Using an extensive Powerpoint presentation that included quite a number of slides on both information and examples, Glenn took us on an enjoyable journey through the process of getting the most of our photo taking efforts. He began with some basic rules then focused on lighting, camera settings, studio setup and backgrounds.
Glenn told us about three basic rules for better pictures which are to ask yourself ‘what is the subject?’, then draw attention to your subject and then make sure that you keep it simple.
Too often the subject of your photo gets lost within other things in the photo so the object is to draw attention to your subject by moving in closer and simplify by removing any distractions. One technique for drawing attention to your object is by controlling the ‘depth of field’. The depth of field is the area of your photo that is in focus and with a shallow depth of field anything in the background is out of focus and less obtrusive. Here’s an example:
This photo is without the depth of field:
This photo is with the depth of field:
You can control the depth of field by using either the AV mode or A mode on your camera if it has this function. Set the aperture to the smallest number for a shallow depth of field (f 2.8) or to a large number for a deep depth of field (f 22). You could use the manual mode as well. You can set the smallest f number but if you use the zoom this value will change. If you do not have these settings you may have a Macro mode that will help (This is the setting with the ‘little flower’).
Lighting is another very important consideration when taking photographs, if not the most important. The type of lighting you use can include natural light like direct sunlight or light from a window, created light like from a flash and then there’s diffused light and reflected light. You also have to consider exposure times which is the amount of available light you allow and the ‘white balance’ which is a adjustment to ensure that your camera ‘sees’ the same color white that you see. For example, these four photos show a different color white background depending on the available light source:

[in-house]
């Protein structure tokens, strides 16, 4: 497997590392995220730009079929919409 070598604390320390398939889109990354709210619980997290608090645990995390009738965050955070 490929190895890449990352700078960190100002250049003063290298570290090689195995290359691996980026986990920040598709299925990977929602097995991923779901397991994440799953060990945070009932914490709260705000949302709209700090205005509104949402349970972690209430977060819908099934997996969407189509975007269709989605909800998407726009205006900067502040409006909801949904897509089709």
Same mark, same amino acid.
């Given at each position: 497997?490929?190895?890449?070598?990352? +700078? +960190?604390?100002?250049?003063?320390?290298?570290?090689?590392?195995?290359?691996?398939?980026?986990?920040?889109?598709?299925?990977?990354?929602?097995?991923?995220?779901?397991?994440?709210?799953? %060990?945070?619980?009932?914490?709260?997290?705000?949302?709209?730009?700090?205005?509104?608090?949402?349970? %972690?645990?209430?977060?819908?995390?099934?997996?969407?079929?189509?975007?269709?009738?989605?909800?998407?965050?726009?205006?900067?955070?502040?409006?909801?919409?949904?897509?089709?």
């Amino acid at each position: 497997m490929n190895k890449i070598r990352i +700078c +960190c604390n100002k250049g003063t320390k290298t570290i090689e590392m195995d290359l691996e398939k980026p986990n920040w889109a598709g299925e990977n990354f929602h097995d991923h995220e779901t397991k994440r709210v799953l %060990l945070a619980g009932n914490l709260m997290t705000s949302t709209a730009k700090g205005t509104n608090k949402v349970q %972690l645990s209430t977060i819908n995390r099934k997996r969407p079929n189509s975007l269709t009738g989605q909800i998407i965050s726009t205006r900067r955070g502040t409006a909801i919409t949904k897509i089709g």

As you can see just by these couple of examples that this was quite an in-depth review of this subject, and it didn’t stop there! He went on to explain what backgrounds are available, how to choose one and how different ones affect your photo. He also demystified photo exposure by comparing different results, spoke on software solutions and he brought in a couple of different photo tents, a homemade one and a commercial one, for us to view.
A question and answer period followed with several questions asked which were deftly answered by Glenn. This further clarified areas of this often confusing subject.
Glenn concluded his presentation with a very appropriate walk-through on how to post our now beautiful photos in the club’s online photo gallery. A very appropriate finish indeed!
This was an excellent and much needed presentation. Glenn’s knowledge on the subject and his relaxed presentation style and humor (“No cameras were hurt during the making of this slideshow” 🙂 ) made it not only very educational but also very entertaining. Kudos, Glenn, and thanks!
The meeting also included a great Show and Tell with quite a few projects being brought in. Here, have a look:
This was another great meeting. As we have often said, it is so enjoyable to get out of the shop and to meet with others with a similar interest, to chat, have a few laughs and to gain a bit more knowledge than you went in with. Yep, a great time.
Oh, we almost forgot… Glenn also showed us a few photos of what he does when he’s not in the shop. Here are a couple:
Yeah, he knew what he was talkin’ about! 😉
Back to the shop…